Daughter of the Mountains

Momo is a little girl who lives high in the mountains of Tibet.  One day, at a festival at the Buddhist monastery, she spots a beautiful Lhasa terrier the head monk owns.  That Lhasa terrier is the most beautiful dog she has ever seen and she wants one oh-so-badly.  She prays to the Blessed One, Buddha, for such a dog.  She asks her father frequently for such a dog.  But Lhasa terriers are very valuable and sacred, and not for poor Tibetan families.

One day, in a most unusual way (read the book!), her dream comes true and she gets a Lhasa terrier!  She nicknames him Pempa and loves on him and trains him.  They are inseparable, until one day, he is stolen from her home.

So Momo sets off on a long journey after Pempa.  She follows the Great Trade Route through the mountains, down to the turquoise valleys of India.  She meets many people along the way, sees many interesting sights.  She’s almost caught in one home to be used as a slave, but manages to escape.  She ends up in Calcutta, India, hundreds and hundreds of miles away from her home – all in search of her beloved dog Pempa.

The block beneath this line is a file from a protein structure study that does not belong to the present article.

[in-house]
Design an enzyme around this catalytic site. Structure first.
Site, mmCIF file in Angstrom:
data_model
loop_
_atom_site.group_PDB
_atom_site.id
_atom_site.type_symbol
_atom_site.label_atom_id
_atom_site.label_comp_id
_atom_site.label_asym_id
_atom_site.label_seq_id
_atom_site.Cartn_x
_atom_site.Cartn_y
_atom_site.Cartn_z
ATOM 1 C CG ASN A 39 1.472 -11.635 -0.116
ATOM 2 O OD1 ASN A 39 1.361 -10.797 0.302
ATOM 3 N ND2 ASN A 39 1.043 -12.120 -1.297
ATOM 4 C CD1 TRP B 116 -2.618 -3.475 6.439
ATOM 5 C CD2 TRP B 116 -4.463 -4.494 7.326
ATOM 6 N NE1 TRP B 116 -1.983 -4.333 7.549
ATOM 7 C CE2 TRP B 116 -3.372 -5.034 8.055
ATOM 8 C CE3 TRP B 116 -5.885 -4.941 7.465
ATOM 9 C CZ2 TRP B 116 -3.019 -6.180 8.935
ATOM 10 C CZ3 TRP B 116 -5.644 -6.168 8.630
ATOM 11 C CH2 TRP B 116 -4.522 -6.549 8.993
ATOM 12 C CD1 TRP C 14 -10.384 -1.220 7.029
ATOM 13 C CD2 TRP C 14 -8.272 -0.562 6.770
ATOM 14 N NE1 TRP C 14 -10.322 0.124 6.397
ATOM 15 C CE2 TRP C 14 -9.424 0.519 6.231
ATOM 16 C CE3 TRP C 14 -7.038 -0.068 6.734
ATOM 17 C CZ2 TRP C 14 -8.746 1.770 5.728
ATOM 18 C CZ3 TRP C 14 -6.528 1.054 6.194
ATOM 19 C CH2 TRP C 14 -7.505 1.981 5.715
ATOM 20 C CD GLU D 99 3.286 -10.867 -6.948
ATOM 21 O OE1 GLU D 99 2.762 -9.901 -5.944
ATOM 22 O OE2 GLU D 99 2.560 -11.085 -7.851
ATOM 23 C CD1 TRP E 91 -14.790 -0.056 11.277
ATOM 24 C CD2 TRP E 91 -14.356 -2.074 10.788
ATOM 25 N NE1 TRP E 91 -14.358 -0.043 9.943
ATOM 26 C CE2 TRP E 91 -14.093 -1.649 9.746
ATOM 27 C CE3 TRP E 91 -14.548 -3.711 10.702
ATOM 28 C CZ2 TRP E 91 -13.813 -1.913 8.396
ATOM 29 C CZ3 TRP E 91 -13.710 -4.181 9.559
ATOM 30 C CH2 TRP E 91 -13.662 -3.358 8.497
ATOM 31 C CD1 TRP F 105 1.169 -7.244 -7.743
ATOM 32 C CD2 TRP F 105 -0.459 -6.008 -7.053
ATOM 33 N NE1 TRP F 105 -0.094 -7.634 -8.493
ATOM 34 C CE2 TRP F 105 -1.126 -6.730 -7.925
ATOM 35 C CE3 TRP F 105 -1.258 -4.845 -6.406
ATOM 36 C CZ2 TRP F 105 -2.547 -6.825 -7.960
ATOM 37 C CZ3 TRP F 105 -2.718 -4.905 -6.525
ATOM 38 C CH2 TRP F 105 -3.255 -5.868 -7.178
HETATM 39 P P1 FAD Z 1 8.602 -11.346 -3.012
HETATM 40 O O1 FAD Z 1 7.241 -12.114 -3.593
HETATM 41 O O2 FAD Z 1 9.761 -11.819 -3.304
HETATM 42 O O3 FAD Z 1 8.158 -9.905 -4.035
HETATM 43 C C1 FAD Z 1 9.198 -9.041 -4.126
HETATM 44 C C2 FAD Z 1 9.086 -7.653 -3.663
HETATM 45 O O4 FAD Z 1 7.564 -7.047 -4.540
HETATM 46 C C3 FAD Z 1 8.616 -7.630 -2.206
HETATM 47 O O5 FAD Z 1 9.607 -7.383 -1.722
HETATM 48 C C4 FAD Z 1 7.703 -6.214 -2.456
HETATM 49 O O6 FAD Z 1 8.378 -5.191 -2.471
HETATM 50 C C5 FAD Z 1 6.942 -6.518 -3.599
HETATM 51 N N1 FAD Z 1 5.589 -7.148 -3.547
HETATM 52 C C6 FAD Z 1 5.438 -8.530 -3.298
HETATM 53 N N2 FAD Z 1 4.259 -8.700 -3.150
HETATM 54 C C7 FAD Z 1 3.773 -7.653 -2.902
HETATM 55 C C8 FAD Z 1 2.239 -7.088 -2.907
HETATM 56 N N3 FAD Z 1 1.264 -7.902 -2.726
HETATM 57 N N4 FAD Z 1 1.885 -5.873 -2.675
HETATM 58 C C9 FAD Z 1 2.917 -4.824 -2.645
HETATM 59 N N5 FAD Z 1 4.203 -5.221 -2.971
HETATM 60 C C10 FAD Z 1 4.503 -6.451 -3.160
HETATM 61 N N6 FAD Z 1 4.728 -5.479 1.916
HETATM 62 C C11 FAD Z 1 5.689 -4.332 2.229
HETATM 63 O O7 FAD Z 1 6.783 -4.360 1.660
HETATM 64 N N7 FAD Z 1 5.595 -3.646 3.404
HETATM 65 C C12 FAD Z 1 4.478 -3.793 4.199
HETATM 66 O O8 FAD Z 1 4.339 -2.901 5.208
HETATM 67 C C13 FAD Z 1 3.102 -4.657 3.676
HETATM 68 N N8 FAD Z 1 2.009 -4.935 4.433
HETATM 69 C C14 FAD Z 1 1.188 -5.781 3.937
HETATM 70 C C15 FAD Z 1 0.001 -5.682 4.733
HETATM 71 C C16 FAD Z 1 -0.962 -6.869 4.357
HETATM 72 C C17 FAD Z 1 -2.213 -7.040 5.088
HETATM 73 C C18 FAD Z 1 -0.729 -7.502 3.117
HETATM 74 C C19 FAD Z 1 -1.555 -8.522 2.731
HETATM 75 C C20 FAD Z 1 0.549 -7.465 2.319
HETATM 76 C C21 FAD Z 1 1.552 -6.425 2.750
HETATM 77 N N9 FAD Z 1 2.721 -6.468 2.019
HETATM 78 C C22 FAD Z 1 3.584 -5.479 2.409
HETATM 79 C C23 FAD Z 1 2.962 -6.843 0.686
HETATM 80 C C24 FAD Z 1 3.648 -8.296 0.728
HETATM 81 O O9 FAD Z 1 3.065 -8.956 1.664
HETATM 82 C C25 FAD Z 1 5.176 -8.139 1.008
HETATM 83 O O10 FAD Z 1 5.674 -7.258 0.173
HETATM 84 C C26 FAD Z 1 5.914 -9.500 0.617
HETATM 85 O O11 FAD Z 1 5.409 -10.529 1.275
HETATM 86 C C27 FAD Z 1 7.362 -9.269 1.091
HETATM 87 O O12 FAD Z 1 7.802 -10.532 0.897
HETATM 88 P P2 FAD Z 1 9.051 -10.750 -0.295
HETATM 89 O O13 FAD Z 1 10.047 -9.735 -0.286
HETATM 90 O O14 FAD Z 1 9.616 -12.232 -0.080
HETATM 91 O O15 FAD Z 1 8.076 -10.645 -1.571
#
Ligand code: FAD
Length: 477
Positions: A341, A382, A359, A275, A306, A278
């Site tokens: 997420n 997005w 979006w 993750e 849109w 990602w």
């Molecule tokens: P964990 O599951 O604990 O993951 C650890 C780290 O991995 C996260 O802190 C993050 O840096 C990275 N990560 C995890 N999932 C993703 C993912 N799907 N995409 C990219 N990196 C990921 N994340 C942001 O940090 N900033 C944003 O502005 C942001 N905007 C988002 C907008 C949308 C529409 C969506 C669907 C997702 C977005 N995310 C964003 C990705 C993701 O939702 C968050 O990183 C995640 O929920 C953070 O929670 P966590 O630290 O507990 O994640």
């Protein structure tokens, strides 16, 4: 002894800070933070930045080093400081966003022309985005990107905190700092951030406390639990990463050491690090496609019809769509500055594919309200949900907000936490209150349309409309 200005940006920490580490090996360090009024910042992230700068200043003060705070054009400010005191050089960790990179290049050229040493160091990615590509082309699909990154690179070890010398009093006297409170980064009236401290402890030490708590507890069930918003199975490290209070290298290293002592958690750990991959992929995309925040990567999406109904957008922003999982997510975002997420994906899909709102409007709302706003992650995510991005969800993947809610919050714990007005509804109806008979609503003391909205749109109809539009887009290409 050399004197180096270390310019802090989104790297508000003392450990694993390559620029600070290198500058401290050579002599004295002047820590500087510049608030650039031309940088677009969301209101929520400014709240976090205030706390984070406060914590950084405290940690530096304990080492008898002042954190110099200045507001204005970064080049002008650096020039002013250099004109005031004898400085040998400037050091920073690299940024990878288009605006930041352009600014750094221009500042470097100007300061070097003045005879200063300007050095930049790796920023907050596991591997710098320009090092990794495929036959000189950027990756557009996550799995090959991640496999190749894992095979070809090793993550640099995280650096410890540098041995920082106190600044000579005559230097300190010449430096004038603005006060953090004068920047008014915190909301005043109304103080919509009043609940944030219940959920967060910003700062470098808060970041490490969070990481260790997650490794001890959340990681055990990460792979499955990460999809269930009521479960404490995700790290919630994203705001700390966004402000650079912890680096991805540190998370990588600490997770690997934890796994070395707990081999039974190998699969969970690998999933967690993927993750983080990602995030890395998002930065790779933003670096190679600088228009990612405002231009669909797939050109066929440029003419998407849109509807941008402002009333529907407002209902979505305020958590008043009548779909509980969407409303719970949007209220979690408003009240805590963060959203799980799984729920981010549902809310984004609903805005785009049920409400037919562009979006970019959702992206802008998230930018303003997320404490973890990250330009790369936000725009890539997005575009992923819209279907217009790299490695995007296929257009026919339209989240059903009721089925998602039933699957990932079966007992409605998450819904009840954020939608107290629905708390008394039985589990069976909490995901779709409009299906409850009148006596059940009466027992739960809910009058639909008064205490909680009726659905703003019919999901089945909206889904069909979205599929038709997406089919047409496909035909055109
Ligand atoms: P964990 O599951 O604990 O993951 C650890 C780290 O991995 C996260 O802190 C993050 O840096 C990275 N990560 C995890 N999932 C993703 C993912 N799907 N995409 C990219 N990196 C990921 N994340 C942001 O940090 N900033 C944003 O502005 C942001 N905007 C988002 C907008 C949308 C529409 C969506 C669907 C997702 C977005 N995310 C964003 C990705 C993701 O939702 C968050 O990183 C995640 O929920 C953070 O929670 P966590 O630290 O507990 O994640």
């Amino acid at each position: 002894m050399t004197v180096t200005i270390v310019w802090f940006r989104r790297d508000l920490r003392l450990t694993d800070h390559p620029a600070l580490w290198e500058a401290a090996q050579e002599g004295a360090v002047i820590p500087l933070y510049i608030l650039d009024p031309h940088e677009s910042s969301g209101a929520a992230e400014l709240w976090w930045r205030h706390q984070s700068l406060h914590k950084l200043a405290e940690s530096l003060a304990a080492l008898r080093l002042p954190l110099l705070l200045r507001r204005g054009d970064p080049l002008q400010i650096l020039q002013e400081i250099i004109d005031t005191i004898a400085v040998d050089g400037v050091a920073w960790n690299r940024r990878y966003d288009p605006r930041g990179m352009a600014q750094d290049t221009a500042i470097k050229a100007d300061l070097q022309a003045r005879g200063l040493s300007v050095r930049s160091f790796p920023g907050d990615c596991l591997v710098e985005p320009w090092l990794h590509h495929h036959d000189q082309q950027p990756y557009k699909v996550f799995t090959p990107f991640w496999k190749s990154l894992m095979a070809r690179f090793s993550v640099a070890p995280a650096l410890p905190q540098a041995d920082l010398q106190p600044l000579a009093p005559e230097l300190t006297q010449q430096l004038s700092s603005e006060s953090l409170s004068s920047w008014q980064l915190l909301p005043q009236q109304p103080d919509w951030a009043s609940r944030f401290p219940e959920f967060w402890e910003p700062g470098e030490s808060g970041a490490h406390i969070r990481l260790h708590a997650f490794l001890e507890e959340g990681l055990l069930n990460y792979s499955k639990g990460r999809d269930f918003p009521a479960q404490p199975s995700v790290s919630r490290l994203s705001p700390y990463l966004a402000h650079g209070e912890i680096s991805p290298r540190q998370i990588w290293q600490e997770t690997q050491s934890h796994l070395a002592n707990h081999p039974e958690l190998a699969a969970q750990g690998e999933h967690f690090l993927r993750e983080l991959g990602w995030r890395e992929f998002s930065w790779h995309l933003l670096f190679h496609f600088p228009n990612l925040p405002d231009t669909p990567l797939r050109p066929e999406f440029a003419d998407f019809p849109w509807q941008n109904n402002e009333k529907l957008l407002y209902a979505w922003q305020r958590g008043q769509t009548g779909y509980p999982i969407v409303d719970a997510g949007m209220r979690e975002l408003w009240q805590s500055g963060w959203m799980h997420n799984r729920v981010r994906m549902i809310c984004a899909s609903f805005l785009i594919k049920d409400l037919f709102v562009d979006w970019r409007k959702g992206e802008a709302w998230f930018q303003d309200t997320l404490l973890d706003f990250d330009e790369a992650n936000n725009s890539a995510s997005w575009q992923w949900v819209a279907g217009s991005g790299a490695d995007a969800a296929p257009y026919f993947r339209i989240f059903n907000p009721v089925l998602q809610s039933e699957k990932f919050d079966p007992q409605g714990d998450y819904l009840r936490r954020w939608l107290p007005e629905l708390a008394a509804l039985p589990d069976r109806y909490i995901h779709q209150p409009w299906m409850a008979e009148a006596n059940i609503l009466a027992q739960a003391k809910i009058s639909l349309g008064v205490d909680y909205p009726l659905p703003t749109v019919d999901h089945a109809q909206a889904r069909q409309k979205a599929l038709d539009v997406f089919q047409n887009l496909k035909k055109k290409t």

My children loved this book – and so did I.  Mom is a courageous little girl, and when you think her journey has ended, she meets just the right people to help her on her way.

While we were reading it, a missionary to India came to our church to speak.  She brought several photo books with her – one from trekking in India’s mountains in the north.  Those pictures were the most fascinating to me, because they fit the picture that Rankin paints in Daughter of the Mountains of the bare mountain tops and lush valleys.

What a delightful way to introduce children to the culture, religion and region of Tibet, Nepal and northern India.

Recommended for ages 8 and up.

Leave a Reply

Fill in your details below or click an icon to log in:

WordPress.com Logo

You are commenting using your WordPress.com account. Log Out /  Change )

Twitter picture

You are commenting using your Twitter account. Log Out /  Change )

Facebook photo

You are commenting using your Facebook account. Log Out /  Change )

Connecting to %s

Blog at WordPress.com.

Up ↑

%d bloggers like this: